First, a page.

How to Draw a Process Map

A process map is a visual model that shows how a collection of activities are sequenced together to accomplish work in an organization.

One of the great things about process maps is that they are often intuitively understood by our stakeholders. They are also extremely powerful communication tools because they allow us to get great feedback on the process early in the requirements process.

Discover the 7 Steps to Diagram a Workflow or Process Map in the video below.

Process Map Defined

I’m Laura Brandenburg from Bridging the Gap, and today we’re going to talk about how to draw a process map in seven steps.

A process map is a visual model that shows how a collection of activities are sequenced together to accomplish work in an organization. Super simple. Other terms for a process map are process flow diagrams, workflow diagrams, swim lane diagrams, or simply a process flow, or simply a process map. Lots of different terminology often referring to the same exact technique that I’m going to show you an example of today.

Benefits of Drawing a Process Map

Now, one of the great things about process maps is they are often really intuitively understood by our stakeholders. They’re relatively easy technique to pick up as a business analyst as well, and they are super powerful communication tools.

They allow us to get feedback, really impactful feedback early in the process and before we start writing software requirements, which makes that process go so much more smoothly and easier.

They are also a really strategic technique that helps us as a business analyst discover their true problem to be solved before we dig into the details of what the software really needs to do to support the business. If you’ve been feeling like you’re kind of cut out of that early phase of the process, or not really understanding why the software or why the requirements are what they are, a great technique to pull out of your toolbox is this process map or a business process model.

7 Steps to Creating a Business Process Map

Let’s talk about the seven steps to create a process map or to draw a process map.

Identify the process

Now, the first is to actually identify a process. A process captures any repeatable set of steps. It is different from a project in that a project is a set of work that needs to be completed a single time to achieve a specific result.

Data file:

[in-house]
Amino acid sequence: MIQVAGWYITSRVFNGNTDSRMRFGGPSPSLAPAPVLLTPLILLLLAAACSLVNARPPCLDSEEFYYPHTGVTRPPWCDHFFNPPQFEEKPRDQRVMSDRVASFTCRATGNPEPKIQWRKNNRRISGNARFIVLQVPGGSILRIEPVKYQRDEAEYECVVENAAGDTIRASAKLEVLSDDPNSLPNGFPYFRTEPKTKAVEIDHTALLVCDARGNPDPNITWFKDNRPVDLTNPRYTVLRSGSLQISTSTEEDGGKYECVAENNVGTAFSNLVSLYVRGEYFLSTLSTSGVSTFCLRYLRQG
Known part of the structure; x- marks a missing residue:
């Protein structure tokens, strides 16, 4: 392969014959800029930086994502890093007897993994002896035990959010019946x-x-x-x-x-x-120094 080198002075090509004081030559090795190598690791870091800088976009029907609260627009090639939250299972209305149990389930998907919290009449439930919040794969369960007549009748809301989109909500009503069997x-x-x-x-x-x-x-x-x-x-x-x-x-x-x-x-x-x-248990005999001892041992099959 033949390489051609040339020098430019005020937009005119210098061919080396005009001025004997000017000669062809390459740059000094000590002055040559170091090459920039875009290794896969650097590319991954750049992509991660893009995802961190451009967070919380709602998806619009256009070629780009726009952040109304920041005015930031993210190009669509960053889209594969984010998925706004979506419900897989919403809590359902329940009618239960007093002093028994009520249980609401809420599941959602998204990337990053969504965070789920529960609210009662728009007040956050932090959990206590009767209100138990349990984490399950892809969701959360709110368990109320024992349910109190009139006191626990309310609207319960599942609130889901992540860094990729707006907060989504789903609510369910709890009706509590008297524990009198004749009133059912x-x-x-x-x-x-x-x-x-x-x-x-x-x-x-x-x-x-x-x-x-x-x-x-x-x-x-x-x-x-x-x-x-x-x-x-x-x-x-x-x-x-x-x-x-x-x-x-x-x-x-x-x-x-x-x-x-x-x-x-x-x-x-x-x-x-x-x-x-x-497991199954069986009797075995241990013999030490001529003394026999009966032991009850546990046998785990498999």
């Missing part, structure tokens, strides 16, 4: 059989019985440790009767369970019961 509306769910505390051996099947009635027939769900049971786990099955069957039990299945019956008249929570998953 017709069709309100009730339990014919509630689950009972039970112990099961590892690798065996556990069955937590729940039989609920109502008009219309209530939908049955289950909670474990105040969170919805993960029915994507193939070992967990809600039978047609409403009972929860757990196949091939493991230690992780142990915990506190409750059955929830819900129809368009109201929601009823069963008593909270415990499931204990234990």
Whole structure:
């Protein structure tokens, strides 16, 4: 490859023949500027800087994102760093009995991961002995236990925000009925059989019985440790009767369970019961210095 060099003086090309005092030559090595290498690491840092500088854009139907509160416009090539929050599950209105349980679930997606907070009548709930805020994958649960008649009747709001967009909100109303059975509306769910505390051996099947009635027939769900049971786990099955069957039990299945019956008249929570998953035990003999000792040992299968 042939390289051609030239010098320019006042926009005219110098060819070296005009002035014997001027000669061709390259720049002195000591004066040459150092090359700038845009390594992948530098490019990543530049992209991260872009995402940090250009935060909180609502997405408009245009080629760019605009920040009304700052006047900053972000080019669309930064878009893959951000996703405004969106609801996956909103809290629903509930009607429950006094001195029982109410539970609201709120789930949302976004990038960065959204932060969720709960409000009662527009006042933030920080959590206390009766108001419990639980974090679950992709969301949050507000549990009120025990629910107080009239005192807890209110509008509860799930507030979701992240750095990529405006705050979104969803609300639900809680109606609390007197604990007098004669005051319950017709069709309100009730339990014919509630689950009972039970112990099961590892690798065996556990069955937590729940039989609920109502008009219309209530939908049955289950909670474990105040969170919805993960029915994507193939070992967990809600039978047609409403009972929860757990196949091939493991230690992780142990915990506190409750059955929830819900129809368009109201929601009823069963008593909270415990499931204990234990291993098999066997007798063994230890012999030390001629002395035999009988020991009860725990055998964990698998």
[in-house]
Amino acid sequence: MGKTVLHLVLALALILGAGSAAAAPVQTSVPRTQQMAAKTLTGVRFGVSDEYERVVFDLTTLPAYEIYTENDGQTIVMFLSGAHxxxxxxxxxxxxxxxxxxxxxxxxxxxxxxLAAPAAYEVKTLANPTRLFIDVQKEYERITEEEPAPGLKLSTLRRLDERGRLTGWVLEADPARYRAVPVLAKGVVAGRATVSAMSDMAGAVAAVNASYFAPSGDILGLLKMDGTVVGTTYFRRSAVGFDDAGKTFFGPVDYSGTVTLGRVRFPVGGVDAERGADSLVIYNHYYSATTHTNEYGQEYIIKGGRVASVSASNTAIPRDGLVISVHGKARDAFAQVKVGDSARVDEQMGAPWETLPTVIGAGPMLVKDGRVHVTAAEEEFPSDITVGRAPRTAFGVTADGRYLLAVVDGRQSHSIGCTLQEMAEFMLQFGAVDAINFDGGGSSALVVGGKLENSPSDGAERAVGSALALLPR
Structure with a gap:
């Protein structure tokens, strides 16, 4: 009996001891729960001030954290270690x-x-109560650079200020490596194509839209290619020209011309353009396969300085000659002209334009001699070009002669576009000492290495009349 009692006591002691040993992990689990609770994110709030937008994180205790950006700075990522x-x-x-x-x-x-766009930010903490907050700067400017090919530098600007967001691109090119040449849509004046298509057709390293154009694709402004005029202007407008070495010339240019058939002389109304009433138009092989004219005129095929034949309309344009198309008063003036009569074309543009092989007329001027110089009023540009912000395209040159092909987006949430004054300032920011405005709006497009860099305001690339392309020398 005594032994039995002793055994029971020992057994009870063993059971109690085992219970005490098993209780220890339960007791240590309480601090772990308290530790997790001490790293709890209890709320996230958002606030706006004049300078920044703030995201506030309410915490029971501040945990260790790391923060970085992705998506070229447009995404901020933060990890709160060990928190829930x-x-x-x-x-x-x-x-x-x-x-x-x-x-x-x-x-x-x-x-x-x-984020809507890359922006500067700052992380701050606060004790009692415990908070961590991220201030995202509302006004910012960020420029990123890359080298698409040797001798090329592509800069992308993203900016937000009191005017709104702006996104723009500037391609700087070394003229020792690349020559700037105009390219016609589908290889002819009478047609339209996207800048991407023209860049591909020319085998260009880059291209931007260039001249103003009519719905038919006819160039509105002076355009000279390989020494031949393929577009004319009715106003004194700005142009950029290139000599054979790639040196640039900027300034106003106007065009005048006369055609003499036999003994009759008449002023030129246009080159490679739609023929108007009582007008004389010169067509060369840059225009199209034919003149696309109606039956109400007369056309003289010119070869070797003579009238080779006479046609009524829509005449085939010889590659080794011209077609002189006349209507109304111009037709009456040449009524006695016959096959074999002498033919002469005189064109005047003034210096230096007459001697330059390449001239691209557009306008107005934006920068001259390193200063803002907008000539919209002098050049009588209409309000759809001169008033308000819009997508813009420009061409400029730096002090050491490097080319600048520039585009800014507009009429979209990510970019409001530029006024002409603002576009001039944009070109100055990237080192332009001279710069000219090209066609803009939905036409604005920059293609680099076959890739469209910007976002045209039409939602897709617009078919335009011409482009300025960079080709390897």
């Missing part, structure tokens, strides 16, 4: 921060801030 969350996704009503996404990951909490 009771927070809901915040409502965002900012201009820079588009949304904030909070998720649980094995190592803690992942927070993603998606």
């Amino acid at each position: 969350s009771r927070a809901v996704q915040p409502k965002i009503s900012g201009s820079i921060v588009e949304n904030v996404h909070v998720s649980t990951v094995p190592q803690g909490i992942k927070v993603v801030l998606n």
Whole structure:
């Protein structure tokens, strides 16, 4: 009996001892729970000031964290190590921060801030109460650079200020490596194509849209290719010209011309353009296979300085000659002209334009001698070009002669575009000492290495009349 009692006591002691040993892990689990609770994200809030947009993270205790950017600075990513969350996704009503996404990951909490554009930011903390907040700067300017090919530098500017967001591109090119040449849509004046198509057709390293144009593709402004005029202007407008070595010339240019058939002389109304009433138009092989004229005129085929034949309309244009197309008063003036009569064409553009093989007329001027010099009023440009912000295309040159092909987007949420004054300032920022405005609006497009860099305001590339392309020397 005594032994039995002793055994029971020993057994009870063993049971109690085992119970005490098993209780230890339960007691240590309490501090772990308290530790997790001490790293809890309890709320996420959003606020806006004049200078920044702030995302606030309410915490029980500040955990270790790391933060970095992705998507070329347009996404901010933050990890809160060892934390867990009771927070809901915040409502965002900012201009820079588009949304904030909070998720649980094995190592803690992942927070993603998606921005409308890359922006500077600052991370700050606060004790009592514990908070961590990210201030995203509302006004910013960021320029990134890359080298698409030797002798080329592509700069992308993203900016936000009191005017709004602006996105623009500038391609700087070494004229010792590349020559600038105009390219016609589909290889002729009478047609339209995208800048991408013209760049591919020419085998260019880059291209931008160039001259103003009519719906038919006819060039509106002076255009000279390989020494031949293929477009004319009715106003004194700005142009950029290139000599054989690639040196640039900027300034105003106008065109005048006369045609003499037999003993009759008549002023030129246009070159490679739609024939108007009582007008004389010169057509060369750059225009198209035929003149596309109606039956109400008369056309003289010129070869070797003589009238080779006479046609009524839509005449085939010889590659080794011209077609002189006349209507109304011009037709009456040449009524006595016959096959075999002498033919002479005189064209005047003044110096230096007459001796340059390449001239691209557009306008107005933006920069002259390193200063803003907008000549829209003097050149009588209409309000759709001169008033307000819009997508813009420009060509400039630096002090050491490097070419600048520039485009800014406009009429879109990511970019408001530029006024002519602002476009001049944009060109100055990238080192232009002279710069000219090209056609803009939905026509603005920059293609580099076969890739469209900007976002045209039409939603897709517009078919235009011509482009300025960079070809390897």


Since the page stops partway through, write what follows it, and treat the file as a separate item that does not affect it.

A process is repeatable. Look for work or activities that happen again in your organization or are a part of the repeatable work related to the software that you might be identifying requirements for. Identify what that process is.

Name the process

And then you want to give it a name. This might seem like, “Laura, let’s just get to the visual modeling and start drawing it out.” That is step five. We have a little bit of pre-work to do here because I find that the pre-work really helps you get clear on what that process is and makes the visual modeling part go a lot easier. Naming your process is really important. We teach, at Bridging the Gap, to start with a verb. So it would be, “Collect past due payments,” versus “The past due process.” When you start with a verb, it’s much more clear and specific. I see a lot of times we see in our program participants really want to just use a broad name like, “The email management process,” or “The collections process.” But, as we’ll see in the next step, that leads to all kinds of problems and is really too vague to give you a crystal clear idea of what that process is.

Identify a clear start point and end point

The next way to get clear on what the process is, is to identify the starting point and the ending point for the process. The most commons mistake our instructors find while reviewing deliverables as part of our certification program is that they don’t have a clear starting or ending point. Visually, this leads to models that have boxes off to the side and are not integrated into the process map. So ask yourself, what’s the very first thing that needs to happen or the very first activity that needs to happen and what must be true before the process can start? And then what’s the last activity that happens? Or what signals that the process is complete? This creates your container, your scope, what this process is.

Identify your purpose for diagramming the workflow